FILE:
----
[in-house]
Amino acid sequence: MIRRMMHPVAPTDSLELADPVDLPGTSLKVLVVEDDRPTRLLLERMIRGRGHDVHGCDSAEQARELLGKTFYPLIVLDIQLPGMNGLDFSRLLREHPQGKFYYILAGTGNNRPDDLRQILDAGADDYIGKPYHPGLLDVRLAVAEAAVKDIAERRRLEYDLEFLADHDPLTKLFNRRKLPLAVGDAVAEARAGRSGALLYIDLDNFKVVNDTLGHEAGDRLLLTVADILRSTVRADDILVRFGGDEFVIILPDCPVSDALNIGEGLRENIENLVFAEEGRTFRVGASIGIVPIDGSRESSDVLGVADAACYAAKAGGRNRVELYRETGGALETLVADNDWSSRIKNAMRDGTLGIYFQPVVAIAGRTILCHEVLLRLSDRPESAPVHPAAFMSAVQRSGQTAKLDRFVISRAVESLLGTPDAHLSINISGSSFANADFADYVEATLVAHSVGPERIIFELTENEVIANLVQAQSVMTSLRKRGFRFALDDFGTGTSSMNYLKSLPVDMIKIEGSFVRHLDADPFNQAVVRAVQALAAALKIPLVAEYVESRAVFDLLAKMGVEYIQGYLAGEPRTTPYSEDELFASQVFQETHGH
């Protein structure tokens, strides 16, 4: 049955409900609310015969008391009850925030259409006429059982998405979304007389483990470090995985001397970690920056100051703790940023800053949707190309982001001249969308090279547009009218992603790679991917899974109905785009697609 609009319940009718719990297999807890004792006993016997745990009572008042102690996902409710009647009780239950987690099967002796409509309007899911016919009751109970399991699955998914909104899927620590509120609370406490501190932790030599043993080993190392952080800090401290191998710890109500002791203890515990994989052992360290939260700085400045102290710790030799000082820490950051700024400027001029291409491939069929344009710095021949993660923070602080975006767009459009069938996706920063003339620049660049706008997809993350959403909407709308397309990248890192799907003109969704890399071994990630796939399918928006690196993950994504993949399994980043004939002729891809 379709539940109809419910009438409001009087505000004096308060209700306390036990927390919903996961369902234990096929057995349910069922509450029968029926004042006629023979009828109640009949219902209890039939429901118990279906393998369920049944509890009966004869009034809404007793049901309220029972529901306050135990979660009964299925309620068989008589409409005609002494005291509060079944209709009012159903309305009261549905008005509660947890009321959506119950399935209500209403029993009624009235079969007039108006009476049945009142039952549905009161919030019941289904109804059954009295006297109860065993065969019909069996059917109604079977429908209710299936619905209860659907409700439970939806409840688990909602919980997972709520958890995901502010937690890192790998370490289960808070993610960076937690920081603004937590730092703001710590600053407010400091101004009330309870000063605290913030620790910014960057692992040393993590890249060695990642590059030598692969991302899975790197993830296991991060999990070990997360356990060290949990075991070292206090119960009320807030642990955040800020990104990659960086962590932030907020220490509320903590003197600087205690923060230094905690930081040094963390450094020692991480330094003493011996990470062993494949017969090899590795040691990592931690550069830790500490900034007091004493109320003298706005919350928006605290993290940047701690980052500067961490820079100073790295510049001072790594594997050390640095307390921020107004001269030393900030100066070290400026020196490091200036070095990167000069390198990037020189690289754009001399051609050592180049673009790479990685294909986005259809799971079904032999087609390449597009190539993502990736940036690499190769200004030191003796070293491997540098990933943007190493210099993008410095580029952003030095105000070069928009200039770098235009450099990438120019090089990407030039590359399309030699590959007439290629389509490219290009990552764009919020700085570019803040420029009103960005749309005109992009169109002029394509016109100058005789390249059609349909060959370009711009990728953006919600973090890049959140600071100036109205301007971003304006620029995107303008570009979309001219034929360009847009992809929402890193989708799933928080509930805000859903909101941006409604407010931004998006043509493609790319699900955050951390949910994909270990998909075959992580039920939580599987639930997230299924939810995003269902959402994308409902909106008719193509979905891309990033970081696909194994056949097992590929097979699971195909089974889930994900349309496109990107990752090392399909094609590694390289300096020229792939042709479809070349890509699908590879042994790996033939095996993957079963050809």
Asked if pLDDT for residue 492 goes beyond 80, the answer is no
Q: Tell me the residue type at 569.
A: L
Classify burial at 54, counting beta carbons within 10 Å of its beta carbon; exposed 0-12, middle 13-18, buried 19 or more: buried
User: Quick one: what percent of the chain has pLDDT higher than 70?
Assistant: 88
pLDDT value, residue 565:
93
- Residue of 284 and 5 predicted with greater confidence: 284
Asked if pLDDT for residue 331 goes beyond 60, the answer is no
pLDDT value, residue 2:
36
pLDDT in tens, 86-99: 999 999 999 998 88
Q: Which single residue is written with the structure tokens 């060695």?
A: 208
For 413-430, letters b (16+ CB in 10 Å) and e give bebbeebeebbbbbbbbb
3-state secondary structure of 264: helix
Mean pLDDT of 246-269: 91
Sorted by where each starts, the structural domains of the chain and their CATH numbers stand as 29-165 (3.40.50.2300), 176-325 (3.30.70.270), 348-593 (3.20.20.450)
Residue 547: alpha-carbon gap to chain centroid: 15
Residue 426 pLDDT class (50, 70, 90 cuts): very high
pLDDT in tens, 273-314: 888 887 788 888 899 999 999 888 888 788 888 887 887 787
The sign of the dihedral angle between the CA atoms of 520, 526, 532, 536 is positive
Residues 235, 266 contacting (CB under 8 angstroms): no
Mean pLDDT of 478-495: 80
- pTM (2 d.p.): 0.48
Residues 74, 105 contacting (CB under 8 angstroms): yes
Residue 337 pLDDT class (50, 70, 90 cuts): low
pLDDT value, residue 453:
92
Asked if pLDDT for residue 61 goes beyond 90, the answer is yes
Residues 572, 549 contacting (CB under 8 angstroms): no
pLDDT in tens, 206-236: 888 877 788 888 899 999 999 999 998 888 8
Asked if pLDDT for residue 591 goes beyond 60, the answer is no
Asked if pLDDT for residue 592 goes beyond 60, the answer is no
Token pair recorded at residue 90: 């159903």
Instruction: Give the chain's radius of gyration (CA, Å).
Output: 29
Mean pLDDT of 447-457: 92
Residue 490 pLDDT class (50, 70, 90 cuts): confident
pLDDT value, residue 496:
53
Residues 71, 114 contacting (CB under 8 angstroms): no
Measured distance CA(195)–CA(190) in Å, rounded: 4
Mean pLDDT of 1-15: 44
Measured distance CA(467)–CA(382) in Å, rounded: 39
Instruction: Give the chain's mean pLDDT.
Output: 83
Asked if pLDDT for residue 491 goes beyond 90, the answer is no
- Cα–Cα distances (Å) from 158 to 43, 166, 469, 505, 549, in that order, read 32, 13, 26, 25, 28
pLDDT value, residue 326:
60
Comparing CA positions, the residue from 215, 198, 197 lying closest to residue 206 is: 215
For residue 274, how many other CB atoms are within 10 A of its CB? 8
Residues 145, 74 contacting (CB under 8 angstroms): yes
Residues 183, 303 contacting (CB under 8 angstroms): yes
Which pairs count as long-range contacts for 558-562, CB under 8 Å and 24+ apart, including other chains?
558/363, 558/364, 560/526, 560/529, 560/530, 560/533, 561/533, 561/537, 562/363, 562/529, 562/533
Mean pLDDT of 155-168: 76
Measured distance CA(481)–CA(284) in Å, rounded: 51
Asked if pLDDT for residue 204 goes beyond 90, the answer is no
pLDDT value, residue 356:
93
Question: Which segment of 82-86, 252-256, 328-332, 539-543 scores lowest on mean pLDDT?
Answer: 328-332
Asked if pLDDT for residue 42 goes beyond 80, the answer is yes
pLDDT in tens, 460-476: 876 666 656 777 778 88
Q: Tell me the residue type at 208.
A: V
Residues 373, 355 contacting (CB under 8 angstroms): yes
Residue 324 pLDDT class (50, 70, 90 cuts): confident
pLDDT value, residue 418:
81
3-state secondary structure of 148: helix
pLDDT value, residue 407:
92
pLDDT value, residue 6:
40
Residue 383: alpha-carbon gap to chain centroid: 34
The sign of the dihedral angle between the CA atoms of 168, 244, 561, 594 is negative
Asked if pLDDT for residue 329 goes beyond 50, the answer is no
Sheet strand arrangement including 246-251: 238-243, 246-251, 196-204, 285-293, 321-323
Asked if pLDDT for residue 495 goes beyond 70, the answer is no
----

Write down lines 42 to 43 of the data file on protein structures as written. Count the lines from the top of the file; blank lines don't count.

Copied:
Mean pLDDT of 447-457: 92
Residue 490 pLDDT class (50, 70, 90 cuts): confident